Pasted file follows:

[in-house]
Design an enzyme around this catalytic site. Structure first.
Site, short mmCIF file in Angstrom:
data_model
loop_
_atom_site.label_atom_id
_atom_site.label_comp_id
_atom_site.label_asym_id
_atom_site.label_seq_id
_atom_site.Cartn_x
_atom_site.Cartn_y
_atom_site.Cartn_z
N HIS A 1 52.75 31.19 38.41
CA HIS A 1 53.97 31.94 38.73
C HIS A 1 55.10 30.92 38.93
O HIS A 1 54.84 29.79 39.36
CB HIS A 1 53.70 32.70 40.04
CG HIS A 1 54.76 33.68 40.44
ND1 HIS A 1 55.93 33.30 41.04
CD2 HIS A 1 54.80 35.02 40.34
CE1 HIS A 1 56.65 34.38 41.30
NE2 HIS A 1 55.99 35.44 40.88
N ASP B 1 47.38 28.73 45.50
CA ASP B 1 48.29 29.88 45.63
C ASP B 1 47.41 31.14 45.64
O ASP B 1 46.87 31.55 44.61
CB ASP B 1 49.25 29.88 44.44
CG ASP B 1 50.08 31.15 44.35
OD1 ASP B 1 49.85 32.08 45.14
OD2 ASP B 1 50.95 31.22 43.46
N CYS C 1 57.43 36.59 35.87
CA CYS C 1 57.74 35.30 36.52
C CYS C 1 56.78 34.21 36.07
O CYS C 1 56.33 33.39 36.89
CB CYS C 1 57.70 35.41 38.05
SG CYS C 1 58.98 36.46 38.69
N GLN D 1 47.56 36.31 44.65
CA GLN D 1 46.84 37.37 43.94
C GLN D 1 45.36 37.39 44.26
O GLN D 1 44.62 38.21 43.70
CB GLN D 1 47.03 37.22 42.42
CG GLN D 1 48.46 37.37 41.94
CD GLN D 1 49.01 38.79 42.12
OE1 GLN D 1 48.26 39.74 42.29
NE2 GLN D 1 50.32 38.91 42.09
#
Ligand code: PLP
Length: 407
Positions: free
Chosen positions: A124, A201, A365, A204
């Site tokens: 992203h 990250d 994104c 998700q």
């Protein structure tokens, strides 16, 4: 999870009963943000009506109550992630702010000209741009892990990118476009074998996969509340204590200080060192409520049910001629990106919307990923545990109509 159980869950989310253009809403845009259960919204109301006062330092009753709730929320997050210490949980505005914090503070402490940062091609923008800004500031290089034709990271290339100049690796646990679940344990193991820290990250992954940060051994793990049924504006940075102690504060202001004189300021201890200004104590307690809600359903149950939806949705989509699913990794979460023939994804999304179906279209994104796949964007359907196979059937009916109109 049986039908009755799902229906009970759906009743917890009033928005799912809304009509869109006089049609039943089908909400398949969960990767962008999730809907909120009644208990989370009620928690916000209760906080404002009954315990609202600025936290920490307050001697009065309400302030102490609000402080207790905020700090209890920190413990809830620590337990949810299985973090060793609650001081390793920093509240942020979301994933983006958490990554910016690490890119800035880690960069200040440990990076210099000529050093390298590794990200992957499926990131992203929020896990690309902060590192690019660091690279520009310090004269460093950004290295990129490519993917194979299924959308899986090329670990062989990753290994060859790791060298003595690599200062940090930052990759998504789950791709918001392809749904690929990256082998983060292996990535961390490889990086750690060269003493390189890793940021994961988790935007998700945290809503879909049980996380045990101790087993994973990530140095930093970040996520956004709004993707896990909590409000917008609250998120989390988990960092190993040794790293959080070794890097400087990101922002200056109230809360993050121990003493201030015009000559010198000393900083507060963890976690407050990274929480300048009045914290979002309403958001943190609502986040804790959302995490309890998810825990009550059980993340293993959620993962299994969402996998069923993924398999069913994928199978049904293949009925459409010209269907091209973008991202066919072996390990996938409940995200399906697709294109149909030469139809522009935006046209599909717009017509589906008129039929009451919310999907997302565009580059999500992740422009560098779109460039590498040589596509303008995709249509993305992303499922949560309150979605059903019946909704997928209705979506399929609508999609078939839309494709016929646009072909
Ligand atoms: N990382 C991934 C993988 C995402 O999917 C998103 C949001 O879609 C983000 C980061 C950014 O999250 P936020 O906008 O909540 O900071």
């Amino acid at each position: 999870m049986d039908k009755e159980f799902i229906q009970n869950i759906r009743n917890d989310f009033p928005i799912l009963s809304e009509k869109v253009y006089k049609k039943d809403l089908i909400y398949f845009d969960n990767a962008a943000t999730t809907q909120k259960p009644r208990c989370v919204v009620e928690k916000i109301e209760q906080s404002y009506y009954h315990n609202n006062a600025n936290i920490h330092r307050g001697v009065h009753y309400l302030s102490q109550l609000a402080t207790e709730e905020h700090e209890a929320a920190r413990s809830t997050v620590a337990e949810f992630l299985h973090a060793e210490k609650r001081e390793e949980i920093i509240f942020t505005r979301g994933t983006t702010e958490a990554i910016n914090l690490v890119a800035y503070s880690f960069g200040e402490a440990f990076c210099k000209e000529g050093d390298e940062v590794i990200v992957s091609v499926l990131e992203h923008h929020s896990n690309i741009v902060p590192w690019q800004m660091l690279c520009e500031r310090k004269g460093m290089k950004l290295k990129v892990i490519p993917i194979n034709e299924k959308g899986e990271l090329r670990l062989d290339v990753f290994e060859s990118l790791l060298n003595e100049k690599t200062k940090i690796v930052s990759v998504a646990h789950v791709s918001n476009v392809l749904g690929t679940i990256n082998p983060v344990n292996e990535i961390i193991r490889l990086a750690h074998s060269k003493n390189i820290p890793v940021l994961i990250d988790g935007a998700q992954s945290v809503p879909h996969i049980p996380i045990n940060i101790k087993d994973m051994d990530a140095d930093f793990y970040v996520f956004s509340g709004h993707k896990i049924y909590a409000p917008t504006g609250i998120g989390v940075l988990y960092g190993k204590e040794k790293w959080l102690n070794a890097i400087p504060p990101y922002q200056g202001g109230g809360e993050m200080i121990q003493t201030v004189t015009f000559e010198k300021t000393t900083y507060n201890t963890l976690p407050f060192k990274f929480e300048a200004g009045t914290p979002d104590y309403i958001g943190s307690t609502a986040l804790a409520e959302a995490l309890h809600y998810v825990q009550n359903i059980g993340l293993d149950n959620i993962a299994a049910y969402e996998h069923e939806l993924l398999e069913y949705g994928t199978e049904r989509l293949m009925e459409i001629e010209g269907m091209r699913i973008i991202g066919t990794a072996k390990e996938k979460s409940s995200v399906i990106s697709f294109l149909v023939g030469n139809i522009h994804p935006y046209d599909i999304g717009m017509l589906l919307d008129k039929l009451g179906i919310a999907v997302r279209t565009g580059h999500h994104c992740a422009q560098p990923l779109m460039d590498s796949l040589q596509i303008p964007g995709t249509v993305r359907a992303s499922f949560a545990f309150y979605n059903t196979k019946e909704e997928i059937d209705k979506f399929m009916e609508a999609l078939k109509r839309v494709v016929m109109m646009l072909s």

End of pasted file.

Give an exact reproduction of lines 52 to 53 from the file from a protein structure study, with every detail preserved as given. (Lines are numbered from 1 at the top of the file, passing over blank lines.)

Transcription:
């Protein structure tokens, strides 16, 4: 999870009963943000009506109550992630702010000209741009892990990118476009074998996969509340204590200080060192409520049910001629990106919307990923545990109509 159980869950989310253009809403845009259960919204109301006062330092009753709730929320997050210490949980505005914090503070402490940062091609923008800004500031290089034709990271290339100049690796646990679940344990193991820290990250992954940060051994793990049924504006940075102690504060202001004189300021201890200004104590307690809600359903149950939806949705989509699913990794979460023939994804999304179906279209994104796949964007359907196979059937009916109109 049986039908009755799902229906009970759906009743917890009033928005799912809304009509869109006089049609039943089908909400398949969960990767962008999730809907909120009644208990989370009620928690916000209760906080404002009954315990609202600025936290920490307050001697009065309400302030102490609000402080207790905020700090209890920190413990809830620590337990949810299985973090060793609650001081390793920093509240942020979301994933983006958490990554910016690490890119800035880690960069200040440990990076210099000529050093390298590794990200992957499926990131992203929020896990690309902060590192690019660091690279520009310090004269460093950004290295990129490519993917194979299924959308899986090329670990062989990753290994060859790791060298003595690599200062940090930052990759998504789950791709918001392809749904690929990256082998983060292996990535961390490889990086750690060269003493390189890793940021994961988790935007998700945290809503879909049980996380045990101790087993994973990530140095930093970040996520956004709004993707896990909590409000917008609250998120989390988990960092190993040794790293959080070794890097400087990101922002200056109230809360993050121990003493201030015009000559010198000393900083507060963890976690407050990274929480300048009045914290979002309403958001943190609502986040804790959302995490309890998810825990009550059980993340293993959620993962299994969402996998069923993924398999069913994928199978049904293949009925459409010209269907091209973008991202066919072996390990996938409940995200399906697709294109149909030469139809522009935006046209599909717009017509589906008129039929009451919310999907997302565009580059999500992740422009560098779109460039590498040589596509303008995709249509993305992303499922949560309150979605059903019946909704997928209705979506399929609508999609078939839309494709016929646009072909
Ligand atoms: N990382 C991934 C993988 C995402 O999917 C998103 C949001 O879609 C983000 C980061 C950014 O999250 P936020 O906008 O909540 O900071």